Rising star of the US financial newsletter world, Chris Mayer, has a stark warning for readers in his latest issue of Capital & Crisis (click here). Profit margins in the US have reached unprecedented levels and can now only fall as commodity price inflation hits home. One of the vulnerabilities in today’s market is that profit margins are near peaks’, he says. ‘Investors tend to like companies with fat profit margins, but high profit margins are like honey pots that attract competitors. They are rarely sustainable for long.
One of the vulnerabilities in today’s market is that profit margins are near peaks’, he says. ‘Investors tend to like companies with fat profit margins, but high profit margins are like honey pots that attract competitors. They are rarely sustainable for long.
Top ten crisis
If you take a list of the top 10 technology stocks in the US Nasdaq market, the average net profit margin is around 25 per cent, and similar high profit margins are also seen across the S&P 500 stocks. The boost to profit margins has come from cost cutting in the downturn, mainly in the form of job cuts that do nothing to boost domestic consumer demand.
Today, though, I doubt many of these firms have much more to cut,’ suggests Mayer. ‘Instead, the focus is now growing sales and taking business from competitors or defending an existing business. The focus, too, is how to deal with rising raw material costs. All of these put enormous pressure on margins. We should expect to see them fall.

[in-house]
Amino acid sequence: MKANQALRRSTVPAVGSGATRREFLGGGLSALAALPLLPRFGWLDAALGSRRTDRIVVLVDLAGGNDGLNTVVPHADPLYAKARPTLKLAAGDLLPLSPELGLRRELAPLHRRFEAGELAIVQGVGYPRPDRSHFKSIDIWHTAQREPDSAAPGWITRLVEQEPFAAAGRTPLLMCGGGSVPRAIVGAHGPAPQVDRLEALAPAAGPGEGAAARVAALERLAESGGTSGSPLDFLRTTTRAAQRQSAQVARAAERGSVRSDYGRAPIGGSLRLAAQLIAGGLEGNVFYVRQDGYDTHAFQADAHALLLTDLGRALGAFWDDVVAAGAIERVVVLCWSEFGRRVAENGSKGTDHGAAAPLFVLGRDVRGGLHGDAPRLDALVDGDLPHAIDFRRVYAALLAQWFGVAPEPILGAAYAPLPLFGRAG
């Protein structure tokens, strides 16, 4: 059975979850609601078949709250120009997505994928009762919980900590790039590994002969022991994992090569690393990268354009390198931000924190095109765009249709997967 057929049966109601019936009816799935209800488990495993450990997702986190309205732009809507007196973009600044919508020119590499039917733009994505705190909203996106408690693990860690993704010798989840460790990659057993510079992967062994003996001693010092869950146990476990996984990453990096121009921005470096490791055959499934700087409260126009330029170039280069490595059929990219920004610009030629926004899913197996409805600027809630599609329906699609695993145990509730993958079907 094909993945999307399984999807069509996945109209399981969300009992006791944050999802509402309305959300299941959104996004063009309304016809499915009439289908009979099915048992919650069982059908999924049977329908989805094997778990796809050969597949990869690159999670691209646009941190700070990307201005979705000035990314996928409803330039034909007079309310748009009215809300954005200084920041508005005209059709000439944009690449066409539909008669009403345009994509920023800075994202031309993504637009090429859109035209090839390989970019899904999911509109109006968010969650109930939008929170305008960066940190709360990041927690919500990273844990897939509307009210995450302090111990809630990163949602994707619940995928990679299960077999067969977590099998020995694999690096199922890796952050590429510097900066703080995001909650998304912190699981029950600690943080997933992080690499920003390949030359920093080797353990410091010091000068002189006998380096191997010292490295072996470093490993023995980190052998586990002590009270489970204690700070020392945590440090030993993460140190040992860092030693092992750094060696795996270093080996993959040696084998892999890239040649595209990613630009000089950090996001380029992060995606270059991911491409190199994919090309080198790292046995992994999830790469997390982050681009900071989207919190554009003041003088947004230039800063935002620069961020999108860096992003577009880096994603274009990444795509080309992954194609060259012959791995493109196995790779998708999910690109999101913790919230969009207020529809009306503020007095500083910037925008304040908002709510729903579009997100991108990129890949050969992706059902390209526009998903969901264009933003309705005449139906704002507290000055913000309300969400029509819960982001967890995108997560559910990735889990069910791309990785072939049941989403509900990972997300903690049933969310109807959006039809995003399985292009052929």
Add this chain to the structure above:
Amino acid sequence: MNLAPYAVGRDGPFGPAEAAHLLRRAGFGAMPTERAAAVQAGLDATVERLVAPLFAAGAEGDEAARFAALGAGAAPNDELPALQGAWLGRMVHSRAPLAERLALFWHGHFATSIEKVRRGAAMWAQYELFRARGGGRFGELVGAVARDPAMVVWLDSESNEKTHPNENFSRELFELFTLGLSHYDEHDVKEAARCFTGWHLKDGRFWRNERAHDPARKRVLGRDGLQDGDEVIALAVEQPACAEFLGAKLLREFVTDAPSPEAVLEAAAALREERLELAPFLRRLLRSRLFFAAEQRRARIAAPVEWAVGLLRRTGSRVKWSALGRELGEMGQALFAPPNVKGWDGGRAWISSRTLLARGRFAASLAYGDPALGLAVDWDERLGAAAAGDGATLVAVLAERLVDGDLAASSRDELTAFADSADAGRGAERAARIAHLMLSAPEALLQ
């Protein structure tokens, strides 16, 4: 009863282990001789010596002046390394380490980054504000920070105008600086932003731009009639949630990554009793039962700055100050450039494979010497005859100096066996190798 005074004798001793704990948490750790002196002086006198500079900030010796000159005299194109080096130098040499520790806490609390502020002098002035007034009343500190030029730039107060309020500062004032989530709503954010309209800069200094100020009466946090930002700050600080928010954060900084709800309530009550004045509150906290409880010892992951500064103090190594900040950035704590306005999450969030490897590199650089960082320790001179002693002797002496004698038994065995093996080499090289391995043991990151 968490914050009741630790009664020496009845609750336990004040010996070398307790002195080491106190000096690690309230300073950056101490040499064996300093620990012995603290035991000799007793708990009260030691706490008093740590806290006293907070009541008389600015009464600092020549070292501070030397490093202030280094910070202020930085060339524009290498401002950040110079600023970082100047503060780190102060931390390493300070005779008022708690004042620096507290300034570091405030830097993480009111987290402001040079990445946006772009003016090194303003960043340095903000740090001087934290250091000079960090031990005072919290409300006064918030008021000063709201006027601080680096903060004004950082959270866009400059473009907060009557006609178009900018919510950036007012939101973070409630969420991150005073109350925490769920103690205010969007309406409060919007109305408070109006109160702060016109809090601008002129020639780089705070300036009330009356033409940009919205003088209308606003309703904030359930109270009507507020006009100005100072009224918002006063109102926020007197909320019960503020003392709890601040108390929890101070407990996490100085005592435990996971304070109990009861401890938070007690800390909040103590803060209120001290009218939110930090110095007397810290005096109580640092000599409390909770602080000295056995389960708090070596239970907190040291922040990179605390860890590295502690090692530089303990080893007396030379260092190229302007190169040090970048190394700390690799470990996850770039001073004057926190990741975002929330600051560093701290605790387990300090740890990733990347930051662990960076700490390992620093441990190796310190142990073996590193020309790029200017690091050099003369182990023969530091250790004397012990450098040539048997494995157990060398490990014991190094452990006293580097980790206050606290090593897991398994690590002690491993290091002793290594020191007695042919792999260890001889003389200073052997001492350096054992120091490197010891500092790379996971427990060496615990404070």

That of course is the contrarian view. It is not what the bulls of Wall Street are saying. They see a recovery in the US economy that is raising all boats.
If the Wall Street consensus is again wrong, then the reverse will be true and all boats will sink. Mr Meyer is stock picking to locate the boats that will stay afloat, so at least he is thinking in the right direction. But the tendency always is for the good to get cast down with the bad, particularly if the numbers are overwhelming.
Naturally, this situation is most dangerous when company profits have recovered sharply and the domestic economy is still in the dumps. And what do US auto and house sales figures quite clearly show us? (click here). The domestic US economy is still in a depression with activity well down on the boom years.
Now if domestic demand is not rising, and indeed consumer personal disposable income is falling (click here), then what prospects are there for pushing up company revenues to keep profits surging ahead? You have to look to exports and repatriation of multinational income.
Yes but does the world not have a few worries of its own right now? To briefly summize: Japan just had its worst earthquake in history and nuclear reactors are leaking plutonium; the UK is facing three years of austerity; the eurozone has a massive debt crisis and the Middle East and North Africa are in a state of revolution, civil war and protest that have pushed oil prices to a two-year high.
Will Asian sales hold up under these circumstances? Or will stocks sell off and the dollar rally, making US exports uncompetitive again? This peak profits warning is very well timed.